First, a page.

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Publication numberUS6285089 B1
Publication typeGrant
Application numberUS 09/448,653
Publication dateSep 4, 2001
Filing dateNov 24, 1999
Priority dateNov 24, 1999
Fee statusLapsed
Also published asDE60027758D1, DE60027758T2, EP1232562A2, EP1232562B1, WO2001038727A2, WO2001038727A3
Publication number09448653, 448653, US 6285089 B1, US 6285089B1, US-B1-6285089, US6285089 B1, US6285089B1
InventorsRobert J. Nelson
Original AssigneeSiemens Westinghouse Power Corporation
Export CitationBiBTeX, EndNote, RefMan
External Links: USPTO, USPTO Assignment, Espacenet
Induction static start for a turbine generator with a brushless exciter and associated methods
US 6285089 B1
Abstract
In an electric power generation system (20) which includes a turbine (22) and a turbine generator (25) connected to the turbine (22) along a common shaft (21), an alternating current (AC) induction exciter (30) is provided which is connected to the turbine generator (25) for starting the turbine generator (25). The AC induction exciter (30) preferably includes an AC input (31), an exciter rotor (36), and a stationary alternating current output provider (35) responsive to the AC input (31) and positioned in electrical communication with the exciter rotor (36) for providing an alternating current output (34) to the exciter rotor (36) so that a voltage is generated regardless of the speed of the exciter rotor (36). The stationary alternating current provider (35) preferably includes a rectifier (32) responsive to the AC input (31) for rectifying the alternating current to a direct current (DC) and a DC-to-AC converter (33) responsive to the rectifier (32) for converting the direct current input to an alternating current output (34). A method of starting a turbine generator (25) is also provided.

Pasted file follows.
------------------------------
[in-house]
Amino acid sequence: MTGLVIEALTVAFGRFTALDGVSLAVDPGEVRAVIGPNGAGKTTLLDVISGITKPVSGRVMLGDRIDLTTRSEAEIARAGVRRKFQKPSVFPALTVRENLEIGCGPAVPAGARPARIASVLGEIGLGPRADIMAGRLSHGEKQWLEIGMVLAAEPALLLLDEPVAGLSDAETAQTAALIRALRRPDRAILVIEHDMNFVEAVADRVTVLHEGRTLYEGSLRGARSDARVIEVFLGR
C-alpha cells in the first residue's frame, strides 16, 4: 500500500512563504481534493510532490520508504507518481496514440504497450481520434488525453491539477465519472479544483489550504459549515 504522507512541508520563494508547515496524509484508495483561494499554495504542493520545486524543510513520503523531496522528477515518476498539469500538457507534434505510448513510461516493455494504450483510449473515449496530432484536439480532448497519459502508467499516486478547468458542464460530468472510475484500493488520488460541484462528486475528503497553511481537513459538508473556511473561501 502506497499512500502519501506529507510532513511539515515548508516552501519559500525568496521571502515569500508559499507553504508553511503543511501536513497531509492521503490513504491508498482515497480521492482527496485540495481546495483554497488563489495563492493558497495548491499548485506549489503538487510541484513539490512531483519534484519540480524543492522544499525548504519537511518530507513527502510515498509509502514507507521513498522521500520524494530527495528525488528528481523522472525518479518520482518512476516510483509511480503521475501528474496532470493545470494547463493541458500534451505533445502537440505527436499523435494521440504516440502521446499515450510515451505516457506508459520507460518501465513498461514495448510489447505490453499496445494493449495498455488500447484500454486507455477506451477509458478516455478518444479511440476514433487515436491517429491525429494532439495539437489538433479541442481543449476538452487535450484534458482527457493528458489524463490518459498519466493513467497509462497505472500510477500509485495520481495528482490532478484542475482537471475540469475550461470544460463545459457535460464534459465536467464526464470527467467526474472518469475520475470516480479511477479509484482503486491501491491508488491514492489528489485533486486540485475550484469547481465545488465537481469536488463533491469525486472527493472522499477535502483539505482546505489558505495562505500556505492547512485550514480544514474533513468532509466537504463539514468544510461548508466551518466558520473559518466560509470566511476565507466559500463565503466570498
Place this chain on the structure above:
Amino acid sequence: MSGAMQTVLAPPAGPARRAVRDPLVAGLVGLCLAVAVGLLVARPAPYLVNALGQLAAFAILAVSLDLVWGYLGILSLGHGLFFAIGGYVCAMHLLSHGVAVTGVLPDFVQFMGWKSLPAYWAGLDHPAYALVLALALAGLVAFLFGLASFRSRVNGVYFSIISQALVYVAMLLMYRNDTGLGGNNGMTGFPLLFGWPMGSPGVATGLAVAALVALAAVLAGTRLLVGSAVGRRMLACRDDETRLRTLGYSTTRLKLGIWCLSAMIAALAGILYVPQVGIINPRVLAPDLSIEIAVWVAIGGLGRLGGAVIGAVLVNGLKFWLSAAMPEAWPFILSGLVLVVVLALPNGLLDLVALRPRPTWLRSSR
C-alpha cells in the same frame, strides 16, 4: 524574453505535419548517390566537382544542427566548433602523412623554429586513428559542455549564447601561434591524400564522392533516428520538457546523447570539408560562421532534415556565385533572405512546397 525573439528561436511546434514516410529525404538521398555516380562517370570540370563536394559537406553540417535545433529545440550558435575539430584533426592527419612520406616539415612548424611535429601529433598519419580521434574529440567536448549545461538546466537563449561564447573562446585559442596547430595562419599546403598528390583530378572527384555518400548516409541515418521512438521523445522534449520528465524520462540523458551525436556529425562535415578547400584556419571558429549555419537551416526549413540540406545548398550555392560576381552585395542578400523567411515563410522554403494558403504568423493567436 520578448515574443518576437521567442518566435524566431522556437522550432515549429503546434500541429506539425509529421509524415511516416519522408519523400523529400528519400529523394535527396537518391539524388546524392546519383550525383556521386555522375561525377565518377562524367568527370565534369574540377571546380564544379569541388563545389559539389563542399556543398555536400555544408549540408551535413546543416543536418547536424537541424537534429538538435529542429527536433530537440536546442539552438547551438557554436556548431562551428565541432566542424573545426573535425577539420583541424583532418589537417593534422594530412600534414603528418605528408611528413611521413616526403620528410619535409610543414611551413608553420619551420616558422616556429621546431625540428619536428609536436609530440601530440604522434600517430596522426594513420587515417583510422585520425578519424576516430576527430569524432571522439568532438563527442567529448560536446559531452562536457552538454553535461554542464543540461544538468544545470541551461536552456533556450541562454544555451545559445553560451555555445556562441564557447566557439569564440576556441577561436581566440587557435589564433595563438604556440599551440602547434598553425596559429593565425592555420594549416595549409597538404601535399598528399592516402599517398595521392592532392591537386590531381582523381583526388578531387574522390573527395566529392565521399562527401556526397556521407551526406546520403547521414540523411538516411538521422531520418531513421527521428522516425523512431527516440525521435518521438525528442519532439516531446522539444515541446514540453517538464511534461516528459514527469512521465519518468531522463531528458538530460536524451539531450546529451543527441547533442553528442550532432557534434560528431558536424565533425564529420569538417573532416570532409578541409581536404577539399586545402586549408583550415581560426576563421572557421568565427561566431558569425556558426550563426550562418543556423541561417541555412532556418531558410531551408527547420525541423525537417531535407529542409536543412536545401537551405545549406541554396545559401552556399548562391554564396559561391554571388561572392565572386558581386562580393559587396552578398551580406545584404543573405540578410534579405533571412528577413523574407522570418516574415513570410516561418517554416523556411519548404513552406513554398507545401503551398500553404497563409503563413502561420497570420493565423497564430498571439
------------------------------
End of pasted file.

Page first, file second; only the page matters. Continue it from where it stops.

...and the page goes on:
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Claims(7)
That which is claimed:
1. An electric power generation system comprising:
a combustion turbine;
a combustion turbine generator connected to the combustion turbine along a common shaft; and
an alternating current (AC) induction exciter connected to the combustion turbine generator for starting the combustion turbine generator, said AC induction exciter including an AC input, an exciter rotor, and stationary alternating current output providing means responsive to said AC input and positioned in electrical communication with said exciter rotor for providing an alternating current output to the exciter rotor so that a voltage is generated regardless of the speed of the exciter rotor, said stationary alternating current providing means including a rectifier responsive to said AC input for rectifying the alternating current to a direct current (DC) and a DC-to-AC converter responsive to said rectifier for converting the direct current input to an alternating current output.
2. A system as defined in claim 1, wherein said AC induction exciter includes voltage modifying means for modifying the exciter field voltage as the speed of the exciter rotor varies.
3. A system as defined in claim 1, wherein said AC induction exciter includes frequency modifying means for modifying the exciter field frequency as the speed of the exciter rotor varies.